“I want people to listen to this album and think, ‘Where the hell did this come from?’" Holden says. “I would love them to really pay attention to the words in these songs. I’m hoping that if they do, they will have some kind of meaningful reaction. That's what I would love.”
Sara Petite + The Sugar Daddies
There is no medical evidence to prove that Lucinda Williams, Nanci Griffith and Carrie Rodriguez joined forces to mother a fully-grown musician daughter. But if they did, San Diego singer-songwriter Sara Petite would be the likely outcome.” – George Varga, San Diego Union Times.
She could sing a buzzard off a Slop Wagon,” said Mojo Nixon of Sara Petite. Winner of the 2012 prestigious Chris Austin songwriting contest at Merlefest, the San Diego artist is releasing her fourth album August 1st. The Circus Comes To Town was written before and after the death of her partner Johnny Kuhlken.
“It’s a full perspective of the human being - jealousy, infidelity, fun, wit, tragedy, pain, loss, perseverance, substance abuse, shame, guilt and just plain silliness.”
Not just a original voice, Petite is a natural songwriter, evidenced by the fact in her first-ever songwriting competition, three of her songs advanced in the International Songwriting Competition in 2005, with two making it to the semi-finals. Since then, she has been honored in the West Coast Songwriter's Competition; Great American Songwriter's Competition; Great Waters Folk Festival Song Contest (Top 5 finalist); San Diego Music Awards (2nd). In 2006, Petite earned the Grand Prize in the 2006 Portland Songwriting Contest. On stage, Petite has opened for such major headliners as Josh Turner, Shooter Jennings, Trent Thomlinson, Richie McDonald, John Eddie, Todd Snider, Ralph Stanley, Steve Poltz, Lance Miller and Bert Jansch.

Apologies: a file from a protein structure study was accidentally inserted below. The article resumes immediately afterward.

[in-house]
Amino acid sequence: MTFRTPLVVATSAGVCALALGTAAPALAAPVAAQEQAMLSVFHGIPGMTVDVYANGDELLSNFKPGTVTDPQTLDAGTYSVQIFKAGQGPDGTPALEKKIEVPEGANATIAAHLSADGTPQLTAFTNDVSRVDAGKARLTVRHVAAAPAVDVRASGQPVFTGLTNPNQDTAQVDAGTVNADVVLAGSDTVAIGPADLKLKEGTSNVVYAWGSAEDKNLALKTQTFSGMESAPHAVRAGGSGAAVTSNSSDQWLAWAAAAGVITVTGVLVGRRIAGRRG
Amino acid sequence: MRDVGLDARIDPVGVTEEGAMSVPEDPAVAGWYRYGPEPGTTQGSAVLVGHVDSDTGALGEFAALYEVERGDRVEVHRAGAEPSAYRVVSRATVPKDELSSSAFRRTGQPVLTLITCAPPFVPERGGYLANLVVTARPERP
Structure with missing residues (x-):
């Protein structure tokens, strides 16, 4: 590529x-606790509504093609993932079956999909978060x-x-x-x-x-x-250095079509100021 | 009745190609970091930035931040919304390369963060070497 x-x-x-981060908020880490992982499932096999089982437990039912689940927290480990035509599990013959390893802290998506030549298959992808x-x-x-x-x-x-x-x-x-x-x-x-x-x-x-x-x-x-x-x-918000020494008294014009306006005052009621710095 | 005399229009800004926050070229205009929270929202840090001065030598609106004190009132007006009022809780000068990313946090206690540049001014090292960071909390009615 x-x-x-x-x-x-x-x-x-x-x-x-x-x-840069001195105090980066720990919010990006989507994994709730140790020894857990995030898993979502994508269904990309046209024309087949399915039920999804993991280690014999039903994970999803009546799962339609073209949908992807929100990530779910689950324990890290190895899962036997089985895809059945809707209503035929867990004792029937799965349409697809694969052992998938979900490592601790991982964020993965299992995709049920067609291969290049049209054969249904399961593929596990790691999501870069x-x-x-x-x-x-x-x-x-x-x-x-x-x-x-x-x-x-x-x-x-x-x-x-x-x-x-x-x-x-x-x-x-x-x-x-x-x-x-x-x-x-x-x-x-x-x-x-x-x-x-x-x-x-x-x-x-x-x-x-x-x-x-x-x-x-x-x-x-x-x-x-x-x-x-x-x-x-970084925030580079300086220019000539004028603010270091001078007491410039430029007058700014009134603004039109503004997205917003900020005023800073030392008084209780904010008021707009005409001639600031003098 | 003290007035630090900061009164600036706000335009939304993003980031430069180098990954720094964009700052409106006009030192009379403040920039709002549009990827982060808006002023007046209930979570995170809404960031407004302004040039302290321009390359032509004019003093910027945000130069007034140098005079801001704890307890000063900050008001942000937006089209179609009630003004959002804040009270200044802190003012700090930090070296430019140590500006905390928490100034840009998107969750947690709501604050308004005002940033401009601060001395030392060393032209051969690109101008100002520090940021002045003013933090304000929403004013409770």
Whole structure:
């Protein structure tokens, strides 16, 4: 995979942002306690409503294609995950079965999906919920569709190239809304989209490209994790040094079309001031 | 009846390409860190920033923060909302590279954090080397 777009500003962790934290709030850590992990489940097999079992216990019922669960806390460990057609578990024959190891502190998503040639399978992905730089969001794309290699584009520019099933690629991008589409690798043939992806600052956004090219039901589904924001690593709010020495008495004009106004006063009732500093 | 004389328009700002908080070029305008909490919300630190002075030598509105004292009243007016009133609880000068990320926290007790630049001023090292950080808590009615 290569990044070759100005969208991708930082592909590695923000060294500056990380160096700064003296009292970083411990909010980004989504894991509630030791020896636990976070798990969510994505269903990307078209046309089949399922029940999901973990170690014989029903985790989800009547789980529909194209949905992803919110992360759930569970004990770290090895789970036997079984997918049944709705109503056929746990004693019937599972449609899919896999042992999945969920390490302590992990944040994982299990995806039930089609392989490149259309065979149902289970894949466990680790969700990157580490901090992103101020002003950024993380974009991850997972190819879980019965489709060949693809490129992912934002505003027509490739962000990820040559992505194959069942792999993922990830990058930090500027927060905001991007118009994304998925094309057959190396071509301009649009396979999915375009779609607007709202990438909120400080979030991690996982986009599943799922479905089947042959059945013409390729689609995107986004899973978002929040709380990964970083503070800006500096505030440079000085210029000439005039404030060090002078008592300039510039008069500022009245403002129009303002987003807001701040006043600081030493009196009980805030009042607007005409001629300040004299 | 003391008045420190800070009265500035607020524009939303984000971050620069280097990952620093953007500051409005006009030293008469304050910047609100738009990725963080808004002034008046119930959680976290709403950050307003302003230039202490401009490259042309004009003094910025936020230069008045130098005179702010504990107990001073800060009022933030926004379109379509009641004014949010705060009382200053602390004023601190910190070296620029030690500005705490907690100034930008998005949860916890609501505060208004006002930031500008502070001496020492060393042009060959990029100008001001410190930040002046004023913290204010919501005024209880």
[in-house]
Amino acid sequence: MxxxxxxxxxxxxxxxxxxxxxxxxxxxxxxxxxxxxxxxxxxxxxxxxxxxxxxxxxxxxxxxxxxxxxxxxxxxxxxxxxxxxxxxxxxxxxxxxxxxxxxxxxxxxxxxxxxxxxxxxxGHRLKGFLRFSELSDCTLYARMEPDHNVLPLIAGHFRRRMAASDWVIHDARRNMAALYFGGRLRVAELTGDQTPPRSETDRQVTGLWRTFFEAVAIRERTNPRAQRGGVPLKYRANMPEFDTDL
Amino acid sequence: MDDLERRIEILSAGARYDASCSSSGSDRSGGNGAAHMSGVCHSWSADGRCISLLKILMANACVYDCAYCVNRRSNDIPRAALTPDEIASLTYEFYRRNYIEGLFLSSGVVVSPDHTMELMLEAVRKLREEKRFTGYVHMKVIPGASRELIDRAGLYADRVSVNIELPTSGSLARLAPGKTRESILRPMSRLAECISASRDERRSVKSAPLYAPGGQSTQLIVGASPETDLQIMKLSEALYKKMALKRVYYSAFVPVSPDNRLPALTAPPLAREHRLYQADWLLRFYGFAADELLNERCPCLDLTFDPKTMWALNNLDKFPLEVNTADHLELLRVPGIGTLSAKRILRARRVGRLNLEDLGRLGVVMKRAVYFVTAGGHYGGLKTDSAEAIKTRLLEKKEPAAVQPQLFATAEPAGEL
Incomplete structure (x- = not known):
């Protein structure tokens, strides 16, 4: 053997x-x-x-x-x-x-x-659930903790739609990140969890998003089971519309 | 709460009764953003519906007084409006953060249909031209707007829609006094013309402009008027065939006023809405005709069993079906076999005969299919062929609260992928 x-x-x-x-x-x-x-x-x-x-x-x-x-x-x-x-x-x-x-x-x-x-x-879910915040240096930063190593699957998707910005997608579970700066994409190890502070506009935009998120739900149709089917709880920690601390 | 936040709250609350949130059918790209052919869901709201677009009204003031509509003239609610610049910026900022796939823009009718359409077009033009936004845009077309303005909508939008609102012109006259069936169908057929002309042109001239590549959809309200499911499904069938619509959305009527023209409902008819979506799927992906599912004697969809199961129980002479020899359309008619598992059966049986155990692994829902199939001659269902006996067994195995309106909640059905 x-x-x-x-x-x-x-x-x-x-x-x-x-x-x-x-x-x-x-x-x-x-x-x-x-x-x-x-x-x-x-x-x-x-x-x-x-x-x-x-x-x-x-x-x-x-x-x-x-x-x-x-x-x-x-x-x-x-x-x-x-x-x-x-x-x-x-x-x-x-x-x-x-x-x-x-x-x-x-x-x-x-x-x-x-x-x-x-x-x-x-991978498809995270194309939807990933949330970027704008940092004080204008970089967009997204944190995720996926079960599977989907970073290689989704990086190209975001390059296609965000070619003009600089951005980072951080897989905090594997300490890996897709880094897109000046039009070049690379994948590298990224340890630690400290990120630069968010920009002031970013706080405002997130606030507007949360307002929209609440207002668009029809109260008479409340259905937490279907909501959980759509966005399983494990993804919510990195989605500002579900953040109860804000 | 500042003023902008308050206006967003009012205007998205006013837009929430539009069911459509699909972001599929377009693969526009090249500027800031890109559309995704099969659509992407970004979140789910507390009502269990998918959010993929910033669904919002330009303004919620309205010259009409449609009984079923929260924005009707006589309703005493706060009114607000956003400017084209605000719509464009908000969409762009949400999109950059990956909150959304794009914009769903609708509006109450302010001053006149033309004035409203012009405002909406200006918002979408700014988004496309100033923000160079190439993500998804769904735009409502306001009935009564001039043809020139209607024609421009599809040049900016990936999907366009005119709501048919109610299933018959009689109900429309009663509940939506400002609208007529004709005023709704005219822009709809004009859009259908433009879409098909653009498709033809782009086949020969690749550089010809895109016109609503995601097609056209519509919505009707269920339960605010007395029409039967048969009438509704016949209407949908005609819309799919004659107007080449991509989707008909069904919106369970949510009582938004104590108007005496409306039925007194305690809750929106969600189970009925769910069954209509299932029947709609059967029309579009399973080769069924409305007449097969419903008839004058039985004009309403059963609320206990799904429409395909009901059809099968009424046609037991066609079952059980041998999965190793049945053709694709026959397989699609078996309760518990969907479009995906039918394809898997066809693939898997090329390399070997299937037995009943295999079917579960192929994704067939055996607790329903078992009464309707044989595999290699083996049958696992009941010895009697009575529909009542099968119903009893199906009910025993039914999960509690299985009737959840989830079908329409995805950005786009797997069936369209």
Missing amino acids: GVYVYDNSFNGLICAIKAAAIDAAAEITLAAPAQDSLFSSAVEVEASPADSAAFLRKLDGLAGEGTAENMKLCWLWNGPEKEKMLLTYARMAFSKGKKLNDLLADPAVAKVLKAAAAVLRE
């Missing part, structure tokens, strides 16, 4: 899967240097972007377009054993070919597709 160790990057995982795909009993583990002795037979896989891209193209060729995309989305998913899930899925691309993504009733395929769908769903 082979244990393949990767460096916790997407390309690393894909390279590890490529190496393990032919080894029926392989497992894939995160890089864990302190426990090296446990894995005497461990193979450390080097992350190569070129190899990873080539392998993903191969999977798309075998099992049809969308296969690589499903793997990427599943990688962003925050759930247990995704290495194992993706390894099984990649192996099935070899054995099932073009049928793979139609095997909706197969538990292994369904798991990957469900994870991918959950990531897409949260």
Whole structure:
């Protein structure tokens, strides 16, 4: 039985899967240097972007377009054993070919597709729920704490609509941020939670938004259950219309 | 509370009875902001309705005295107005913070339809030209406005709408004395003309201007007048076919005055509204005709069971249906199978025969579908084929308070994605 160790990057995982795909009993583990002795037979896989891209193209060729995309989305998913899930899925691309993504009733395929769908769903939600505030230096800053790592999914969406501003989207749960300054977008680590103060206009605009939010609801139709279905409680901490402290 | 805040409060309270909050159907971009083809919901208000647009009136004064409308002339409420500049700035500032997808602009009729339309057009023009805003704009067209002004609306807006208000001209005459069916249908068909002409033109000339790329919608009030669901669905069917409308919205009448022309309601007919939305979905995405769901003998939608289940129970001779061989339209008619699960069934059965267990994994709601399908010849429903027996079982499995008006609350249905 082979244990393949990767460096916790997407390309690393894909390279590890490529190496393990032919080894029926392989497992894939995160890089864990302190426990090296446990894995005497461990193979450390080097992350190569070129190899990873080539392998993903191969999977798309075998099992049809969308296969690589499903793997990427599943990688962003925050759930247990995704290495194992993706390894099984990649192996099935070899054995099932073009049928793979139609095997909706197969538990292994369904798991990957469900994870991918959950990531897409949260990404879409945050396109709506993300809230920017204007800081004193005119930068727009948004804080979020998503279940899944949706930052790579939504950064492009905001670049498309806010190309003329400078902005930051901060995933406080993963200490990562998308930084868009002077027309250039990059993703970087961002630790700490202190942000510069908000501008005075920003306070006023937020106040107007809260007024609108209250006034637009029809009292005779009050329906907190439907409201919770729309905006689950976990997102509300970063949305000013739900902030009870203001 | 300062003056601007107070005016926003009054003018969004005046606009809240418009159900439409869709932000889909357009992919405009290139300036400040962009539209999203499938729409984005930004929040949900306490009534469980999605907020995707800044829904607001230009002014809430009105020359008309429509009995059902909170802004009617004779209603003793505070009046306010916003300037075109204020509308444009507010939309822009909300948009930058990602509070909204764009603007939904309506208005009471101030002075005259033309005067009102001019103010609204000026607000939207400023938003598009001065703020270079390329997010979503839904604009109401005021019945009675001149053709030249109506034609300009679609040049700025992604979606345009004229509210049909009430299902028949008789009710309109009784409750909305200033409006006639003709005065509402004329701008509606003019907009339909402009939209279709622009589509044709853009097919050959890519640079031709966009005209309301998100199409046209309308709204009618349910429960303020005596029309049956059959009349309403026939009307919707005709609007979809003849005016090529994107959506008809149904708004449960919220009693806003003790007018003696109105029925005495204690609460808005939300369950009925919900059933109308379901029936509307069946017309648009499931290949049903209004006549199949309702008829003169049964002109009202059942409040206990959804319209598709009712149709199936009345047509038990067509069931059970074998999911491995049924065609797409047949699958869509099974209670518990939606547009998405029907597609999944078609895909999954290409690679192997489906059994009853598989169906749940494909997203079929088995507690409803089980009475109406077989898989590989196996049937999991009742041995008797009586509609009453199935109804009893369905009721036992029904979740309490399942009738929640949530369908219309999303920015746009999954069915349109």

Eleven years from her debut, Tiger Mountain, the title of Sara Petite’s latest album is at odds with the miles of experience in her voice. What had once been a musical pastime turned into a sanity-saving career choice, that in turn transformed her personal struggles into artistic fuel. This latest set explores intimate themes of restlessness, desire, discovery, love, loss and recovery, and though the shuffling rhythms and moody horns suggest Johnny Cash, there’s a delicate vulnerability in Petite’s voice that Cash’s baritone couldn’t have sustained. Petite makes palpable the broken heart of “Getting Over You” with lyrical detail whose innocuousness turns out to be its revelation. She turns in an original drinking song with “Monkey on My Back,” and finds self-confidence in the surreal Tom Petty-influenced dream of “Good 2 B Me.” Recorded with her band (who get a terrific showcase on the swampy “Sweet Pea Patch”), rather than the Nashville studio hands of her earlier releases, the album has a more organic and exploratory feel - both of which complement an artist who’s fully come into her own as an autobiographical writer. If you’ve been following Petite’s career, you’ll be pleased with her continuing growth as an artist, and if you’re new, this is a great place to jump in.
Tickets Available at the Door
non seated show. this ticket does not guarantee a seat.
Tickets at the door